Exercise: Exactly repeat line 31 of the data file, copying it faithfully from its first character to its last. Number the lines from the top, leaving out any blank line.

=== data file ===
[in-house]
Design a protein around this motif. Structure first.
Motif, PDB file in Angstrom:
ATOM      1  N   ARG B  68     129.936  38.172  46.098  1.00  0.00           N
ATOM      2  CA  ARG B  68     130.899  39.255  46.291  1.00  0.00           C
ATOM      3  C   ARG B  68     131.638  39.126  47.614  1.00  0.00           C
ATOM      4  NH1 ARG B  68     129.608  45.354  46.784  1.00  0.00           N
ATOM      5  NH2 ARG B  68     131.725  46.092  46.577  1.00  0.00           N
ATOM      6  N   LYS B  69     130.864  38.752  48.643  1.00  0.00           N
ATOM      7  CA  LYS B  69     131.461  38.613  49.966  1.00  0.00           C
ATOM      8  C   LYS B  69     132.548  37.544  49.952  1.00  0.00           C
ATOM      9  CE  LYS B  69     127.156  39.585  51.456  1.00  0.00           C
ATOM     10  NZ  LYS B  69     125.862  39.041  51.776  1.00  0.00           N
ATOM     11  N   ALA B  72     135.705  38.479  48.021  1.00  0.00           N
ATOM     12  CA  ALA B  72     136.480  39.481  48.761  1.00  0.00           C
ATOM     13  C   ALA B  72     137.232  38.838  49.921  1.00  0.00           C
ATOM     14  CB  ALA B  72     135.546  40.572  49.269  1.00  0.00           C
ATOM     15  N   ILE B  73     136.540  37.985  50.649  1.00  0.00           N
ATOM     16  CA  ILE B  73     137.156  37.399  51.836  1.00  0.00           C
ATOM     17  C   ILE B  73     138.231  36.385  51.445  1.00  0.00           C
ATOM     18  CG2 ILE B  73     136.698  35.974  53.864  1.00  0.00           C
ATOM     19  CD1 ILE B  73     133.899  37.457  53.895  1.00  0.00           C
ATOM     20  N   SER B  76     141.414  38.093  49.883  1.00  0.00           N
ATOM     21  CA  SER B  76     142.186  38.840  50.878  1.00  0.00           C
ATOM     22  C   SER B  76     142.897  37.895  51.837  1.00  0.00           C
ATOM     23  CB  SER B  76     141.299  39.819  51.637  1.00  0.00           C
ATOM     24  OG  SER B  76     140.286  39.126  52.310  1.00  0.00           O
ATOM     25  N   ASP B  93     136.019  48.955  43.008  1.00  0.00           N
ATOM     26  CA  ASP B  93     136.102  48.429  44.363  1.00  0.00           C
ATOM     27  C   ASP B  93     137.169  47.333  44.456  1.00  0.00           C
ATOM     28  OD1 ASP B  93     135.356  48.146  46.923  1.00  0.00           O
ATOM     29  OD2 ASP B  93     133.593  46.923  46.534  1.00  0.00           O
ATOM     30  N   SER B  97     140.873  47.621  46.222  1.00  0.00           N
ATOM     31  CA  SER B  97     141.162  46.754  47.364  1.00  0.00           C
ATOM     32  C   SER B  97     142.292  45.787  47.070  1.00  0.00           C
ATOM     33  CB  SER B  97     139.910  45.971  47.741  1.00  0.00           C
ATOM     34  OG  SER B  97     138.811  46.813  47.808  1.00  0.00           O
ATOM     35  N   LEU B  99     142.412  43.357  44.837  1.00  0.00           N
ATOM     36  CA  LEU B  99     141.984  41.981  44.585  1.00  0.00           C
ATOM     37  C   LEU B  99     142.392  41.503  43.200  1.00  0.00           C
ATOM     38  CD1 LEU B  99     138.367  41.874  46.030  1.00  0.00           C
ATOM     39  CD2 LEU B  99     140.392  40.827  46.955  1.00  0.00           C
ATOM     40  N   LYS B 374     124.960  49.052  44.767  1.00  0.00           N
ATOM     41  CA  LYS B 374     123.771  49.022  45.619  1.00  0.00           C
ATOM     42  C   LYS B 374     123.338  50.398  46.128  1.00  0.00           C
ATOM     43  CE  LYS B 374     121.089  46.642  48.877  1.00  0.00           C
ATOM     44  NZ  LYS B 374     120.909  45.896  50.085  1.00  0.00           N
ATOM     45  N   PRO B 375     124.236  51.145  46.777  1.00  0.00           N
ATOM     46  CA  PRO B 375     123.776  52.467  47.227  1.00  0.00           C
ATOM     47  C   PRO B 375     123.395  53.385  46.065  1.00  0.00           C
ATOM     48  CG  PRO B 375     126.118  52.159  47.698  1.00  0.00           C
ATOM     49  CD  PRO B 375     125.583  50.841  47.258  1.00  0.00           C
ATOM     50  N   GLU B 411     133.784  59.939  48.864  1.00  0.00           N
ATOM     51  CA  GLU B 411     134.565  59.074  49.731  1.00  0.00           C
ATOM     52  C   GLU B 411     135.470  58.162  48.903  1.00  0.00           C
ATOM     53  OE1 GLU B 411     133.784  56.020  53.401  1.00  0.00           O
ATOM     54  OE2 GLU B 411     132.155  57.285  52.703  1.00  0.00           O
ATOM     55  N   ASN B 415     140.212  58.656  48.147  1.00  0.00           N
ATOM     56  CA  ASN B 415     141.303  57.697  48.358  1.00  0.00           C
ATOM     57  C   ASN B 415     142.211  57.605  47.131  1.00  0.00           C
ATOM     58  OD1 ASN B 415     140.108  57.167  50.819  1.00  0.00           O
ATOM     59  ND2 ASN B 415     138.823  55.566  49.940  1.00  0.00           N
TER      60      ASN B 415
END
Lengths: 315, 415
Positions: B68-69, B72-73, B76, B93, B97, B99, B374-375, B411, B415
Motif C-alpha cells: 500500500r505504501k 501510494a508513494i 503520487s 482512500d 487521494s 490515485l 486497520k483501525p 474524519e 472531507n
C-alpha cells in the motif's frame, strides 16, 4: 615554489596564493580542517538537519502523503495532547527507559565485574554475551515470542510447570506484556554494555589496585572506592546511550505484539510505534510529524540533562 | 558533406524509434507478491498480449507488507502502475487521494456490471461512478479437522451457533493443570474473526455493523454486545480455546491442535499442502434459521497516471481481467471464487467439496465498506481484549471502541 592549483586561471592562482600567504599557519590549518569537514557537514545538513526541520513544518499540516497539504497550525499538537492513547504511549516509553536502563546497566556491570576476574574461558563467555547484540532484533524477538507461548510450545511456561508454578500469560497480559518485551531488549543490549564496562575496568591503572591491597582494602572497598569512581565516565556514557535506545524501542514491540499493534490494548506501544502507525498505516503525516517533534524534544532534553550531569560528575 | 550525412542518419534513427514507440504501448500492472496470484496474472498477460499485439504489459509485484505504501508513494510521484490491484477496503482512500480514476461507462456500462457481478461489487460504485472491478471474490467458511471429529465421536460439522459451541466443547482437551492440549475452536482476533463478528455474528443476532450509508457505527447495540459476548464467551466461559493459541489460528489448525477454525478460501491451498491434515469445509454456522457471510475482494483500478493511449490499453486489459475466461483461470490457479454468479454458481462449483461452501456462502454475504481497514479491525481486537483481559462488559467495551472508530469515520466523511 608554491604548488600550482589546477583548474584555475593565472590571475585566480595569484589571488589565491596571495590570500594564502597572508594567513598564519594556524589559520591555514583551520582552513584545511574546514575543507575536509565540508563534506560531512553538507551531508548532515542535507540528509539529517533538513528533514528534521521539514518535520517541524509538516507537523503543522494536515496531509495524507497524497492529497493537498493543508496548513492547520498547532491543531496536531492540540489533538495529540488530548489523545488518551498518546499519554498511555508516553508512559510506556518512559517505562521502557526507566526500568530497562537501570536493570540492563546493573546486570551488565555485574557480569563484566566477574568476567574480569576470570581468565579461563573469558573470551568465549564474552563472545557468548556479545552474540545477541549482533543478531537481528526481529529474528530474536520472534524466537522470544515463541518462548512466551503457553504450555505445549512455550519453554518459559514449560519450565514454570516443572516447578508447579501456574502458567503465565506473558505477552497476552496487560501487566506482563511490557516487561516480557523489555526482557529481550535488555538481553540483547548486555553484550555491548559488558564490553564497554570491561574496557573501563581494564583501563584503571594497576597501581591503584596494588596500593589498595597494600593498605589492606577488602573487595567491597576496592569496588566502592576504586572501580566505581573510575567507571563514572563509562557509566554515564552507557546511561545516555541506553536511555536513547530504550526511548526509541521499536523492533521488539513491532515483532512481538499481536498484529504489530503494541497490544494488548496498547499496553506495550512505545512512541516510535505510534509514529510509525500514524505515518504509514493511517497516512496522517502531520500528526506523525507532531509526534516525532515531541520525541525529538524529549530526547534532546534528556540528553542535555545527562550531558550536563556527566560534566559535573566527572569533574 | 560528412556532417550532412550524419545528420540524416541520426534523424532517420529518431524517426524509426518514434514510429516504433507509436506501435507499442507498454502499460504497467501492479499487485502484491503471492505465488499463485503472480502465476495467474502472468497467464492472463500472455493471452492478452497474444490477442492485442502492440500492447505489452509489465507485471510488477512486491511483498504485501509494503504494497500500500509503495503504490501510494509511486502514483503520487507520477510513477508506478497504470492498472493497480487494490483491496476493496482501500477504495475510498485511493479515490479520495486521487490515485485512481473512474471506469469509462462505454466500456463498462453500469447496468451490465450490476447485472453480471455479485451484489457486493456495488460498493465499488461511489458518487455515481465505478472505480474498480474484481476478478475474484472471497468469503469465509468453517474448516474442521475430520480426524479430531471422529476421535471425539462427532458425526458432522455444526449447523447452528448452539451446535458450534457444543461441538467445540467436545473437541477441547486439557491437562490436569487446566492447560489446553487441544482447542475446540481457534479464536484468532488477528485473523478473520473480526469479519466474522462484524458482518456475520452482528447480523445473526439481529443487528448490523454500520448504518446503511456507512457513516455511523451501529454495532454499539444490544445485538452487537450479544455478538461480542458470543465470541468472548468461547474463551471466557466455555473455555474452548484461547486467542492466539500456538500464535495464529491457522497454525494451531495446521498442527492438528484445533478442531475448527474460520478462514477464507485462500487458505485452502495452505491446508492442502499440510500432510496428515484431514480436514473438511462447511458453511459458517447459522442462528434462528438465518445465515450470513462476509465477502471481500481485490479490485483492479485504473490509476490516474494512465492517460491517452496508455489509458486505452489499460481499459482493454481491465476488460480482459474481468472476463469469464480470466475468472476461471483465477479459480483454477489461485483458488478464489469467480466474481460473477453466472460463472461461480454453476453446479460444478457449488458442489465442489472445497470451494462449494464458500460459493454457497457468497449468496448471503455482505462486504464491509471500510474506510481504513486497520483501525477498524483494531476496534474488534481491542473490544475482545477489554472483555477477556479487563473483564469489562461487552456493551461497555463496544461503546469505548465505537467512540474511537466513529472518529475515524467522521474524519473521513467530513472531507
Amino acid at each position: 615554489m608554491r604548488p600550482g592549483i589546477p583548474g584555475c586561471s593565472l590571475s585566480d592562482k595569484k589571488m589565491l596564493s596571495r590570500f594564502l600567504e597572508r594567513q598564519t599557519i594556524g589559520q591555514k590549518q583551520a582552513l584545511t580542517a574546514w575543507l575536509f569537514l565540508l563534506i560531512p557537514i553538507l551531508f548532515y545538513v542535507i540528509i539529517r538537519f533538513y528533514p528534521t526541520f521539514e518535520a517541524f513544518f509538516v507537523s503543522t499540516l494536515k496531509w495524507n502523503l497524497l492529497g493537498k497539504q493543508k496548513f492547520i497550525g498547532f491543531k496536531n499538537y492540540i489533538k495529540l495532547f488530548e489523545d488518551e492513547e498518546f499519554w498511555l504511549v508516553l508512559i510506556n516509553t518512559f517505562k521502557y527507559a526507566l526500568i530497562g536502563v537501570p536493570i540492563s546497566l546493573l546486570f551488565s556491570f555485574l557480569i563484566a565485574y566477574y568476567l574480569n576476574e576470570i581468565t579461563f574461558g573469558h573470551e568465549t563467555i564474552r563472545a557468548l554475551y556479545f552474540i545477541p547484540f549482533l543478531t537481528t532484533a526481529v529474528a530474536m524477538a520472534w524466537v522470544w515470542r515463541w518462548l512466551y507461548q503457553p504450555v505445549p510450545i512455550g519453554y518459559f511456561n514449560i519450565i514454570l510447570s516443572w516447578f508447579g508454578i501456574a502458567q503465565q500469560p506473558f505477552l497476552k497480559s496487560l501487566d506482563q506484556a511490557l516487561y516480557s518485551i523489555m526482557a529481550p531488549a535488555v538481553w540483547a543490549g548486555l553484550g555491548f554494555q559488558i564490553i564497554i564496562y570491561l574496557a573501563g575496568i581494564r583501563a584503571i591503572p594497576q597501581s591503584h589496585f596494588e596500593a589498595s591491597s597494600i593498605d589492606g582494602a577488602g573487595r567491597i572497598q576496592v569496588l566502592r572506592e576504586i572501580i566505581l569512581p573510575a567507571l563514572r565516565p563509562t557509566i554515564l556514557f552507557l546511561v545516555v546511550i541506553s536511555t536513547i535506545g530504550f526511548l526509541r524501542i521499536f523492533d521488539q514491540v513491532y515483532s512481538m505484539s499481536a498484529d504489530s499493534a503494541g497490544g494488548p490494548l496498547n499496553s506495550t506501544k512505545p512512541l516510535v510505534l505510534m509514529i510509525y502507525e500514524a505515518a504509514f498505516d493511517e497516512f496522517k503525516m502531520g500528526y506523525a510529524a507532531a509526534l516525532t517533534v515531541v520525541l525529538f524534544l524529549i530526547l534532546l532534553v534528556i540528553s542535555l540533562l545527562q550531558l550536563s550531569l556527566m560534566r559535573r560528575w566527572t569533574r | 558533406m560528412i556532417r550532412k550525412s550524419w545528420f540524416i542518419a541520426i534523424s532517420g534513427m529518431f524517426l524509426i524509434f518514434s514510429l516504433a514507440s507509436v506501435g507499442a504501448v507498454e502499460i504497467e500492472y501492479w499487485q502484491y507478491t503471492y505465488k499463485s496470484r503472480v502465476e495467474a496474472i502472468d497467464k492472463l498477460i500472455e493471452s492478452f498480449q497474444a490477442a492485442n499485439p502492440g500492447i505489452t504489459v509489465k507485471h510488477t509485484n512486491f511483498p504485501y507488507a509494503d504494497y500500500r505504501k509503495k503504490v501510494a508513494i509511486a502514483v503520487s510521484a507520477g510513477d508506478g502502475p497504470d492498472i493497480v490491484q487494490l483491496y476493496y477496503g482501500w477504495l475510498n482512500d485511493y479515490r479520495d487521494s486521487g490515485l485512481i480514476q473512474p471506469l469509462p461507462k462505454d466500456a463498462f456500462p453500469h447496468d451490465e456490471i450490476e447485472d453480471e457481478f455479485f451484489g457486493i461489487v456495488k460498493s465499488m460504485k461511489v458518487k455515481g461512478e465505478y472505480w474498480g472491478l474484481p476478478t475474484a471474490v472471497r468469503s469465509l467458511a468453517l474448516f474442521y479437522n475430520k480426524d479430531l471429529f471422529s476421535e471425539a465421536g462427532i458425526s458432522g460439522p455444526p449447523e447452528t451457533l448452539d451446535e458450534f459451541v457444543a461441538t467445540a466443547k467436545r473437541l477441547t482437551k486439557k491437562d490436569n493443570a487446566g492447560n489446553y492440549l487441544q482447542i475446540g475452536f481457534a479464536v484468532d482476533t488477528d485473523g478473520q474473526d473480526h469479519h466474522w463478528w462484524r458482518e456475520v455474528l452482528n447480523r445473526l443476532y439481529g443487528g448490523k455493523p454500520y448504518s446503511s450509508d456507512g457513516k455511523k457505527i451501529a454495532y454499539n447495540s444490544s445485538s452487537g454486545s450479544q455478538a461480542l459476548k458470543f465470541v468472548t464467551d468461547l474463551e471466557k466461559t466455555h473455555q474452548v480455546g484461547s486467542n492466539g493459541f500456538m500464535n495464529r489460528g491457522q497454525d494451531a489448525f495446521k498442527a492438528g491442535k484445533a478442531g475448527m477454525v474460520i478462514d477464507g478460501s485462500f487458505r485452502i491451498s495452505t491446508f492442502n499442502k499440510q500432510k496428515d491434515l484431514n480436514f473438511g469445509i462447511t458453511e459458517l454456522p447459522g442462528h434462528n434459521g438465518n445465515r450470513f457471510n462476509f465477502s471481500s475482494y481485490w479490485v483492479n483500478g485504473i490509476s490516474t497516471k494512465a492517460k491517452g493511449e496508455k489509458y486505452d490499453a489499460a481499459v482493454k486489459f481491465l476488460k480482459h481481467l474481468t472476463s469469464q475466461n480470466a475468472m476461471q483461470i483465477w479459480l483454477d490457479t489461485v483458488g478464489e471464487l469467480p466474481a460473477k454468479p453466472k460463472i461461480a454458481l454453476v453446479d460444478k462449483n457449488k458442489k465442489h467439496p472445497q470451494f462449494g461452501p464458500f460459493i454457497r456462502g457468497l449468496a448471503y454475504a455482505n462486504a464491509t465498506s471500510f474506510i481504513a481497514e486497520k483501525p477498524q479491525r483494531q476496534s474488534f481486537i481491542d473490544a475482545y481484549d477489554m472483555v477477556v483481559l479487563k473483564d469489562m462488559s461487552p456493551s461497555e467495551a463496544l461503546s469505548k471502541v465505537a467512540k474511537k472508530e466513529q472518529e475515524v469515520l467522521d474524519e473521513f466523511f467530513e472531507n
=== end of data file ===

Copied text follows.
ATOM     28  OD1 ASP B  93     135.356  48.146  46.923  1.00  0.00           O